I bought a carpet for the sun room. I am still entranced at how such a simple addition changes and enhances the room. It seems simultaneously larger and cozier, and a bit brighter as well. I keep wandering by, stopping, and sitting down for a bit just to experience the space.
It is a new carpet but it is made from old wool. Apparently the person who manufactures these carpets buys up the stock from old factories and uses it to make new rugs. So the wool is old wool, dyed using antiquated techniques. This changes the color. For the better to my mind. Apparently the wool for this carpet was dyed in the 1920's in all likelihood. That makes me smile, as in my dream vision I would live in a 1920s or 1930s house, not my contemporary new construction house. So I have a bit of the 20's in my room in spirit anyway. It makes me happy, as does the thought of making something new from something old and salvaging something that would otherwise have gone to waste.
Here's to new rugs from old wool.
Here's what I see in this picture. I am sitting on a large sectional unit which occupies two walls of the room. I love the carpet and the colors, which look different here than they did in the photograph I saw originally, and in the decorator's showroom, where I first saw the rug in person. I loved it, although perhaps in slightly different ways in each setting, which I suppose means I will love it anew in any new settings it might find itself in my life. I am looking at the Wassily chair that George bought me for one of my birthdays, I forget which one. I had admired a Wassily chair somewhere, one that was in the more commonly seen black leather, but had said I did not want black leather. George ordered the chair, took a day off work, drove to Long island to pick it up, and kept it hidden in his big suburban, the one with the plow attached, so that he could sneak it upstairs on the morning of my birthday. This leather shows the stains of time, but although they may be imperfections, they are also the signs of a life well-lived. There are drink rings on the arms, remnants of many cocktail parties and Christmas Eve dinners, and untold other celebrations. There is the stain on the back of the chair where George would come in still wet from the pool, or more likely hot and sweaty from mowing the lawn and sit, drink in hand. In his later, dementia addled years, he would curse the person who sat bare-backed in "his" chair and ruined it, and I couldn't tell him that he had done it himself. Now I look at it and see George. Someday I may change the leather, when there are future stories to be built, but not yet. It is too alive with history and history is what is to be savored.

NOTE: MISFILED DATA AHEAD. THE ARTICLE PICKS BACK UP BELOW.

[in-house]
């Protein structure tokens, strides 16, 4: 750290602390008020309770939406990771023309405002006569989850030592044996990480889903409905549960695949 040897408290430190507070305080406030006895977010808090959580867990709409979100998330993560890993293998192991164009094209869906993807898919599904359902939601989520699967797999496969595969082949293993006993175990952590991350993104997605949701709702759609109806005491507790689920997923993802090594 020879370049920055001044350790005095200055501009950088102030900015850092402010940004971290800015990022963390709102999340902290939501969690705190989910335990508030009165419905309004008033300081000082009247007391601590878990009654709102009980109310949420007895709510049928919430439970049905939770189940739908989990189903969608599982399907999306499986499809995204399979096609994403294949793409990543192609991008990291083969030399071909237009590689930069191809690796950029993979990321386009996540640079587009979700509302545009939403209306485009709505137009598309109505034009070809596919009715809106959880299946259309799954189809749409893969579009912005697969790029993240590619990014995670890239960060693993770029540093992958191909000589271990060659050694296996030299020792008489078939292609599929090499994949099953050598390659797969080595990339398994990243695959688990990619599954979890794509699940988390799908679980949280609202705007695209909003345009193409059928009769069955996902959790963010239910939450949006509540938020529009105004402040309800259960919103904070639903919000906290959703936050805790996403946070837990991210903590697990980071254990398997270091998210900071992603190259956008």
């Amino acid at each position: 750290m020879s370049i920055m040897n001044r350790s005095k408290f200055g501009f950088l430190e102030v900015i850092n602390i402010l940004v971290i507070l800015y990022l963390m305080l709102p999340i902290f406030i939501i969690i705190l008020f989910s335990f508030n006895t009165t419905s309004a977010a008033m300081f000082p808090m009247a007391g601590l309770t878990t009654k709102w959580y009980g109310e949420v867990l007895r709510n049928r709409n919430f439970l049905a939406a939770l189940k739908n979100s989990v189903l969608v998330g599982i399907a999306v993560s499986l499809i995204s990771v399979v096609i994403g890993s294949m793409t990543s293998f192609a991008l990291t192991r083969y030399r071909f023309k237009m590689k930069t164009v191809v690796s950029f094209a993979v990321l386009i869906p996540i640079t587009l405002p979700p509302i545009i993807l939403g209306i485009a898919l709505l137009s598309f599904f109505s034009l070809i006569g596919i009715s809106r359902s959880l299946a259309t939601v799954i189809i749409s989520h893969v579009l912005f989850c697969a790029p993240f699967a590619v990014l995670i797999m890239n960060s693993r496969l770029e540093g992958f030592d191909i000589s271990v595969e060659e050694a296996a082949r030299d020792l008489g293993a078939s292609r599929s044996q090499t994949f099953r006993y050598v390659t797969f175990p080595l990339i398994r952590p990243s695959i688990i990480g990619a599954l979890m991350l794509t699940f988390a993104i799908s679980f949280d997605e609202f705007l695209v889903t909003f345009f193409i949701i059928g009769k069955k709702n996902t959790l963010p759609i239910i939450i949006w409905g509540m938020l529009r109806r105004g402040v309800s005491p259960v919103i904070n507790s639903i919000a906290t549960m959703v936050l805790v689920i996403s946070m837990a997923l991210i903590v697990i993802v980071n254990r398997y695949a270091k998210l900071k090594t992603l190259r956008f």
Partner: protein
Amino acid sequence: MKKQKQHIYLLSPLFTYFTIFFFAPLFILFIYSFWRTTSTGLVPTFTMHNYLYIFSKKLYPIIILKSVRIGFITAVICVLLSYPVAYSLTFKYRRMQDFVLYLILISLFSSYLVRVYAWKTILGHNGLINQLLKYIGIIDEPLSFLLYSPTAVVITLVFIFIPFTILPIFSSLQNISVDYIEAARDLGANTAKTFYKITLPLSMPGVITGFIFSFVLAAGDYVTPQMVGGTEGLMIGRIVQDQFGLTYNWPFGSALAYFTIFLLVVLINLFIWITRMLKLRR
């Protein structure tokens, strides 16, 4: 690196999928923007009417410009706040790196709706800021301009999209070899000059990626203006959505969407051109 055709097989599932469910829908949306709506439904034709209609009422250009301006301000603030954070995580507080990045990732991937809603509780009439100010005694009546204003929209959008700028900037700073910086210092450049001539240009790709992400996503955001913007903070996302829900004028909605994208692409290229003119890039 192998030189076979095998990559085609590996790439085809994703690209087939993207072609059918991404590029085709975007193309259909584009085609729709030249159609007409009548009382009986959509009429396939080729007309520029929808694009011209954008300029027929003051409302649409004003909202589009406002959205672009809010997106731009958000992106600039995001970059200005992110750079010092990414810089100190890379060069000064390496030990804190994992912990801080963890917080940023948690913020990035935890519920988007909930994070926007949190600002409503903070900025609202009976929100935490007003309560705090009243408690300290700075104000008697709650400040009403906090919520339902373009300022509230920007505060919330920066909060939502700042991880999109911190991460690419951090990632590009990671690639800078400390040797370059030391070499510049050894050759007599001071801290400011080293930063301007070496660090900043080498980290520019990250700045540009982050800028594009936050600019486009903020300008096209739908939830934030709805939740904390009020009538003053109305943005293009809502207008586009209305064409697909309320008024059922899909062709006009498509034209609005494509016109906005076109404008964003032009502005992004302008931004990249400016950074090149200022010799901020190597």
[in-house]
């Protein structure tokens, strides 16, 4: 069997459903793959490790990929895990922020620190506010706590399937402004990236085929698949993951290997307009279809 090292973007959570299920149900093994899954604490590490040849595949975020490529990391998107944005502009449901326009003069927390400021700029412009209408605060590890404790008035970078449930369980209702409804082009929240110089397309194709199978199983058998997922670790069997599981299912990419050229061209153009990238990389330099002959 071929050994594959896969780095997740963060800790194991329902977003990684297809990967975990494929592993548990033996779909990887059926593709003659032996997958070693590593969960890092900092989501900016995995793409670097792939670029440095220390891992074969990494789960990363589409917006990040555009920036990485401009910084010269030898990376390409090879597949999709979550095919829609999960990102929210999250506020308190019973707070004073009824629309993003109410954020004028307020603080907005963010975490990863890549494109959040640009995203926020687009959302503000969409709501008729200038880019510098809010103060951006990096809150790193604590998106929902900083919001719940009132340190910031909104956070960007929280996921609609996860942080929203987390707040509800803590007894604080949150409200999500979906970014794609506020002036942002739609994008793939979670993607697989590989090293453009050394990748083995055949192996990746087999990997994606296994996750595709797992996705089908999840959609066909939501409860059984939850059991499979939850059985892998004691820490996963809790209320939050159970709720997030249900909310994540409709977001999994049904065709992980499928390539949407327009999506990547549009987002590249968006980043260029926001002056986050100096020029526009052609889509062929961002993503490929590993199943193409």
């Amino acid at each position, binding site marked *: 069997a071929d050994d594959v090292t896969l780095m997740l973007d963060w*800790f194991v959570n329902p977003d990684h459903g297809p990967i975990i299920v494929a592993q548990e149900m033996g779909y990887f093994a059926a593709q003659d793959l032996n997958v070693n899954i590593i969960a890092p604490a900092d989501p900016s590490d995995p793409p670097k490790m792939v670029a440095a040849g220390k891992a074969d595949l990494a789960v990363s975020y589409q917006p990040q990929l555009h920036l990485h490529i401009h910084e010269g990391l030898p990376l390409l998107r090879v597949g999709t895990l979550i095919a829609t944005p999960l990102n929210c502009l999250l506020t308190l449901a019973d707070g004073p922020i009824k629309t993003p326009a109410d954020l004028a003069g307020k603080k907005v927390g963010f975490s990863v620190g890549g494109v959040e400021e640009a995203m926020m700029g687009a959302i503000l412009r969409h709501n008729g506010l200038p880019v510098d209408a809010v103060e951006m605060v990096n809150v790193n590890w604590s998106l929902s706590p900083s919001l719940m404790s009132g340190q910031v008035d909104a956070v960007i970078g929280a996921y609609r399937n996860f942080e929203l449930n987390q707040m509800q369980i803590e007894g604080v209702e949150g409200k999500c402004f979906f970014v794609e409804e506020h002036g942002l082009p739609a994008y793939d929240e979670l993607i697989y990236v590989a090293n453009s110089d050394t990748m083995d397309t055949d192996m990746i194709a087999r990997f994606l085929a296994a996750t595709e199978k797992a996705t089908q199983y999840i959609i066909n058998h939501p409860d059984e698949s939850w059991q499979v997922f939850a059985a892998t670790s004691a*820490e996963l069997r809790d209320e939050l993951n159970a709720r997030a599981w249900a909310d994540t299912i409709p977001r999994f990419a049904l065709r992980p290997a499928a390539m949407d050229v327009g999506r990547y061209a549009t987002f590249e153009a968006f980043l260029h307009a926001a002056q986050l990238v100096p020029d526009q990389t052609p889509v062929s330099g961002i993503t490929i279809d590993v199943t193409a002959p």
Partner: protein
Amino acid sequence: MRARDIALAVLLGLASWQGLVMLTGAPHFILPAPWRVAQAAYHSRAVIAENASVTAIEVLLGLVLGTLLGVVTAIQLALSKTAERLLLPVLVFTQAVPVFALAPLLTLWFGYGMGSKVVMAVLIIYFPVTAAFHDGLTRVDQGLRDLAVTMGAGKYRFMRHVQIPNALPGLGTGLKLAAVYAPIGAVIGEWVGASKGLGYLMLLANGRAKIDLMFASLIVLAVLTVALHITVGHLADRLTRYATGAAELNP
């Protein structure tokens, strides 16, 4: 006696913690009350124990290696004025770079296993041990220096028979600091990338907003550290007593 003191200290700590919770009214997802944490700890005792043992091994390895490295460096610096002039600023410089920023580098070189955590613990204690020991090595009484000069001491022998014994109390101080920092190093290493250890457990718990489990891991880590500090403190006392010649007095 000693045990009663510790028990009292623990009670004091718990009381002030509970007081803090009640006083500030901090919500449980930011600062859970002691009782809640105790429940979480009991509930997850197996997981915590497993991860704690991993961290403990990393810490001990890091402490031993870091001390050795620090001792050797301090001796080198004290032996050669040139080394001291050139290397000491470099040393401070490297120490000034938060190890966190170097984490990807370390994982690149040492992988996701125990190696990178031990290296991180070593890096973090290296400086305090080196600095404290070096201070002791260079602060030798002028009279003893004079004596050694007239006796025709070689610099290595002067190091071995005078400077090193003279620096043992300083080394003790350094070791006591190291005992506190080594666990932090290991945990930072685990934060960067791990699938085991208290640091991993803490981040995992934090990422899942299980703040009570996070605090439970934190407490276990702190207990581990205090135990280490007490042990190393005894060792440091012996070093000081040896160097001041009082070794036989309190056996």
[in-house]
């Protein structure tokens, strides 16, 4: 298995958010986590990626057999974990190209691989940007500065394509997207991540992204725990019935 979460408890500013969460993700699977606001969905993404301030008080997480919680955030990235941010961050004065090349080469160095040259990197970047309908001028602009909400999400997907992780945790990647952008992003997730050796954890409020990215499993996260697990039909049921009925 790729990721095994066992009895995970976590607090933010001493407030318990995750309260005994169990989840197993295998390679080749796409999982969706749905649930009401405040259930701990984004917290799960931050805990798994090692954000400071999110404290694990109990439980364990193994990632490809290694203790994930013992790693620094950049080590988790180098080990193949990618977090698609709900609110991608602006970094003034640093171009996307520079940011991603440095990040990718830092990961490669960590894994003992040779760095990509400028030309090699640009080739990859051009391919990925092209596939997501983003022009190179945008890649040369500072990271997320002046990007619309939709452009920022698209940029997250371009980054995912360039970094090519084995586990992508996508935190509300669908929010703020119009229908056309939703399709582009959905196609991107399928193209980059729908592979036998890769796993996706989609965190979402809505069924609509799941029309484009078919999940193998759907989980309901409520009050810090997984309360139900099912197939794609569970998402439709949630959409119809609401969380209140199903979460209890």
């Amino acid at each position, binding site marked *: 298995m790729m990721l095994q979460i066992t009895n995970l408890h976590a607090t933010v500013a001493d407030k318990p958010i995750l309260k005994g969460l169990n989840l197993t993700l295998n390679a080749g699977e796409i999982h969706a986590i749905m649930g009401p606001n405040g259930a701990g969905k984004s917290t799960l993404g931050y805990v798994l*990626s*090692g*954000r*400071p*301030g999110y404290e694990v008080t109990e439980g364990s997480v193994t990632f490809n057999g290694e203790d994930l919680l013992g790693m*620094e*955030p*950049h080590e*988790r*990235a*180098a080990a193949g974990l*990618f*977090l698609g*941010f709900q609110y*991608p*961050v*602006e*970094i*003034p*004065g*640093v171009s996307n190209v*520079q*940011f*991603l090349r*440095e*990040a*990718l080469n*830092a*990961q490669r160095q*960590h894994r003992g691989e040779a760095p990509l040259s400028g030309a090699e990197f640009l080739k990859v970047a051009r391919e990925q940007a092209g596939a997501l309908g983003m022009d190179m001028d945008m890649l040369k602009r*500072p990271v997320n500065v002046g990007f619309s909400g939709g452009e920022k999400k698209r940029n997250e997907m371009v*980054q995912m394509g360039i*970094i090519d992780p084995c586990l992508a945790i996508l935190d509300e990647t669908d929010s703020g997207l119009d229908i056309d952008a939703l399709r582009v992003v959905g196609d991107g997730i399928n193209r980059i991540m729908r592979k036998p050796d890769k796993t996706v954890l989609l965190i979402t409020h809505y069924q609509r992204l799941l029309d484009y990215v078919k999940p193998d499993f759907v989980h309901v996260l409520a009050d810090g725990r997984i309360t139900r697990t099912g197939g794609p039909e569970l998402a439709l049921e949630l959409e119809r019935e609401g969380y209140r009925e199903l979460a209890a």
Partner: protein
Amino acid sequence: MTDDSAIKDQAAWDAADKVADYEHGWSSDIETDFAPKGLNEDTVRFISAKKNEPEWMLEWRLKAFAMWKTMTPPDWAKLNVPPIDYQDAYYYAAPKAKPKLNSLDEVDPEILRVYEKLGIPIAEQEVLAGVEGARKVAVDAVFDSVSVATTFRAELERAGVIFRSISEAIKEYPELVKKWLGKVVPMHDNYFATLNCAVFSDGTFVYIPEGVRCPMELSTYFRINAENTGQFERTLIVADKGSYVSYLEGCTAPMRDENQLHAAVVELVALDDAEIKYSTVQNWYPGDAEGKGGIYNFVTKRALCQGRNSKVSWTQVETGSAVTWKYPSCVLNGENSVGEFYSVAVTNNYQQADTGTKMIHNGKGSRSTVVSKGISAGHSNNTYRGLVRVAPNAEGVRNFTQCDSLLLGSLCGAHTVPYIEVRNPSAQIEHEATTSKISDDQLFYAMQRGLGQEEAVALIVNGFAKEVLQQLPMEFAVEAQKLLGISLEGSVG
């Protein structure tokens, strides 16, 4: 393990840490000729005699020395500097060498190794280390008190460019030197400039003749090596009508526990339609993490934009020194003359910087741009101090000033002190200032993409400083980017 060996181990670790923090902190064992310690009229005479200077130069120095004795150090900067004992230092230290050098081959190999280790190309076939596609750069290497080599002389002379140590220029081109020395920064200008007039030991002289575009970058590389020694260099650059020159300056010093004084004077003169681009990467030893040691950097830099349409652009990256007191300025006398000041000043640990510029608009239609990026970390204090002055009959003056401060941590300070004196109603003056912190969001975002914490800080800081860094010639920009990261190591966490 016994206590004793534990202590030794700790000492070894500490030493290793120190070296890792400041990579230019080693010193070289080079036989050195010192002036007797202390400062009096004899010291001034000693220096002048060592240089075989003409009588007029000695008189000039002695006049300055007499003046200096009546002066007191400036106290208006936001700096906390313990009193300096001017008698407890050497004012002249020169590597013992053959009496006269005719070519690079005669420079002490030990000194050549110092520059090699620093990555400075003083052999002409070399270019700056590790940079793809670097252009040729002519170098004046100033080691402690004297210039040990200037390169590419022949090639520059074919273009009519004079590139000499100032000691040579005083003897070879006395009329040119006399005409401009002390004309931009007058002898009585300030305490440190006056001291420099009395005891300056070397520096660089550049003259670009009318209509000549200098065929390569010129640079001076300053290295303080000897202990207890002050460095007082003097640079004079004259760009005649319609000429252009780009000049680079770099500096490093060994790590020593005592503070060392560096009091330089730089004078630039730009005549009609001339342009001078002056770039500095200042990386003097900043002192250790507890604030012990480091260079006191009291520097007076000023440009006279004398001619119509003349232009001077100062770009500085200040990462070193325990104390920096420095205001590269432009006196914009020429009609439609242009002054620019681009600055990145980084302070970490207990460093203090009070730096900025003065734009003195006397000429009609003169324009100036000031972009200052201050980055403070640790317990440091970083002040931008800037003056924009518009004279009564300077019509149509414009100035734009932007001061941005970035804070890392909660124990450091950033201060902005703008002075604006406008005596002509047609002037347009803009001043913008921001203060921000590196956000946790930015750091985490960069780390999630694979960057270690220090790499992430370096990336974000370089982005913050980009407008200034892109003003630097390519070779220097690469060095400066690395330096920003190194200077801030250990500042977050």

I also look at the lamp and the cockeyed lampshade and think that is something I need to address soon. I didn't realize it bothered me so much until I looked at this photo. Those lamps were one of my early purchases from a craft fair. The original shades were broader, but were badly damaged when we had a leak through the roof our old house. The current shades were purchased here and they do not fit well. I need to change them. I have an idea in my head of something I want to create. It may or may not work, but the process is important; perhaps it is not more important than the final result, but it is at least equally important. I don't yet know how it will evolve. But that is the key: past, present, future.